May 20th, 2002

abstract butterfly

prolixity as a virtue

I always liked the words prolix and prolixity.
Because I am a prolific writer, and because my
most "intellectual" writing tends to be really drawn out and long (i.e., prolix), I was delighted when I first heard the word. I was no longer merely wordy or run-on. I was *prolix*. It sounds like really cool technology.

I once had a poem published (in a typical grant-driven magazine so small and ordinary that they would even publish poetry like mine) with the title "The Word Mordant". The first line of the poem was "Webster lists no meaning/for the word mordant". It's not a bad poem, but it's based on a fallacy. You see, I thought I had made up the word "mordant", but it turns out there is such a word as "mordant" (caustic, biting). It's just that the collegiate dictionary I was using was too limited to list it.

I've always felt a bit like that about life--I'm using an abridged reference, and all the cool words are in the unabridged version that eludes my grasp.

I see my poetry book has now garnered a bid of one nickel on ebay.com. This is gratifying news. The bidder is even from another country, and hence, in m limited Arkansas-derived understanding, is instantly cool. In Arkansas, we felt like if a prophet was worthy of honor, he'd move to someplace good at that sort of thing. Based on the last 3 ebay auctions, we can say that the book is worth at least a nickel, but less than two dollars. That seems about right to me. I'm just praying that bidding frenzy before Tuesday drives the price up north of a quarter. Ebay auctions are fun and funny. Sometimes the book has even generated a "bidding war", and driven the price up a bit. I believe it's high auction was in the 5 dollar region. One bidder must have bid on it 10 times, to be "primed out" by twenty five cents by a sniper(the ebay term for one who bids at the last moment to win an auction, after laying behind the weeds until the end). Of course, it's just between me and my journal that if folks know me, the best way to bid on a book is by asking me for one. Once in a while, a stranger will ask for a sample of poetry prior to bidding. I always wonder about this, because a sample of one bit of heavenly creampuff confection from me doesn't mean that I didn't use whole cloves by mistake in my next batch of gingerbread men. I once tried putting a poem in the ad copy, but I've found that the best ads are largely numerical in nature. Don't tell me what it is, just tell me the word count.

My old college friend J. told me she loved reading my silly free verse about weak chess players because it was so much like me. It's a curious identifier...being tagged as someone who would write this form of bad poetry. A charge to keep I have, though, so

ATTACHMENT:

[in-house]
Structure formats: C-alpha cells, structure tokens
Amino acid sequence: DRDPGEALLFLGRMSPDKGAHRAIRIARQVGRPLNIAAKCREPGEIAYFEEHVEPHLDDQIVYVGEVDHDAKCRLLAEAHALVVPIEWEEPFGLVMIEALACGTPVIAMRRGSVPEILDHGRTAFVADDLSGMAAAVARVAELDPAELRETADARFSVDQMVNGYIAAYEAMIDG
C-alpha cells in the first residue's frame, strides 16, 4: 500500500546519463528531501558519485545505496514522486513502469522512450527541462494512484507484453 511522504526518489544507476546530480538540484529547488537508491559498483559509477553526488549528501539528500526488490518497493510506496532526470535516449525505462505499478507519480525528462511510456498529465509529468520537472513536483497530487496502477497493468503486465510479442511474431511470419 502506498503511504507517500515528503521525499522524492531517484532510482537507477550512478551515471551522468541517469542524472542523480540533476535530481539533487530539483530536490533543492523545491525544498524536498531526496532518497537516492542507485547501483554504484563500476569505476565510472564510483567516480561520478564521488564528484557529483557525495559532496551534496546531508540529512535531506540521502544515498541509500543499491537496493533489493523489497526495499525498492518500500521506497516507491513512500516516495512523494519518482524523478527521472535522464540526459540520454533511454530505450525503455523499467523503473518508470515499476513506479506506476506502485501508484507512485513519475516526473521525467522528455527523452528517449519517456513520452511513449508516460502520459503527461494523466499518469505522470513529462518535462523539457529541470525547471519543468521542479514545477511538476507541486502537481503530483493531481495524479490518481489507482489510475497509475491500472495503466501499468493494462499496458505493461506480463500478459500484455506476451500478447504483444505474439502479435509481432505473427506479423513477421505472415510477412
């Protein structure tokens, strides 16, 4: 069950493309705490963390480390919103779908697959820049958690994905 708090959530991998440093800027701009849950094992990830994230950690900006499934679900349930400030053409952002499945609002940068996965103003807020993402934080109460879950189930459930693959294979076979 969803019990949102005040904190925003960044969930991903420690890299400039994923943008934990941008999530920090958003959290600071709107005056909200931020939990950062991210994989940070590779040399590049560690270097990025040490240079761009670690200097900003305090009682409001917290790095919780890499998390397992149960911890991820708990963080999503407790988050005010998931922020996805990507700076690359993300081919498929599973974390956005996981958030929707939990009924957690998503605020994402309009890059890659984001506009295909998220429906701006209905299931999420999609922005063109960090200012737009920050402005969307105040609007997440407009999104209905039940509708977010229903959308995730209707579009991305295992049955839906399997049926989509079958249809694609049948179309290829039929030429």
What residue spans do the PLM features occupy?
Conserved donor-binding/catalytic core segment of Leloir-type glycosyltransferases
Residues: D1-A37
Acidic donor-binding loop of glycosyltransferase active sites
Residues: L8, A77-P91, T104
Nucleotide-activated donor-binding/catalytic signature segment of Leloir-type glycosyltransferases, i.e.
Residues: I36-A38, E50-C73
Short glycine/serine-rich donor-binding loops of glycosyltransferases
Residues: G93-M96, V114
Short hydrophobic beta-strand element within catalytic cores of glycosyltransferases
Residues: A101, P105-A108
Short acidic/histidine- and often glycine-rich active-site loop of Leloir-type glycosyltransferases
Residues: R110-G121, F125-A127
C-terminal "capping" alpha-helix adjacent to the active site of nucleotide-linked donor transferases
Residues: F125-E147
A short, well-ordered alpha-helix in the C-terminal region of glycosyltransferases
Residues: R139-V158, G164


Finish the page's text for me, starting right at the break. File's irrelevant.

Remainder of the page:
I'll treat it as a gift.

One thing I've noticed is that no matter where I write, my narrative voice is almost exactly the same. gregwest98 has known me for decades, and I believe that he would have been able to look at this journal having no idea what it is and tell it is mine. I suppose this means I'll never be a novelist, but I might make a good solipsist.

Being prolix has its disadvantages. It's just a few weeks ago that I felt the best way to continue an established and pleasant correspondence with a long-ago old flame was to detail in an e mail my recollection of the entire history of our relationship which spanned 19-25 years ago. I typed and typed and typed. When I was done, I had a prolix, humorous, charming work of art. It would have made a nice entry into a "private" journal to which even I was only allowed access if I could define the word "prolix". Unfortunately, I sent it. Sadly, the initial reviews focused less on the ironic turns in the plot than on the particular tilt in favor of one of the characters which was perceived in the narrative. I tend to be someone who thinks that one can talk about anything with anyone, if one merely uses the right tone of voice. But I am reminded of that Doris Lessing tag about how the fundamental mistake of western civ. is the belief that if one understands a problem, one has solved it. I am just intrigued that I could stir up something in the past--why bother, when there are yards to mow and boxes to unpack and scissortail flycatchers hovering overhead?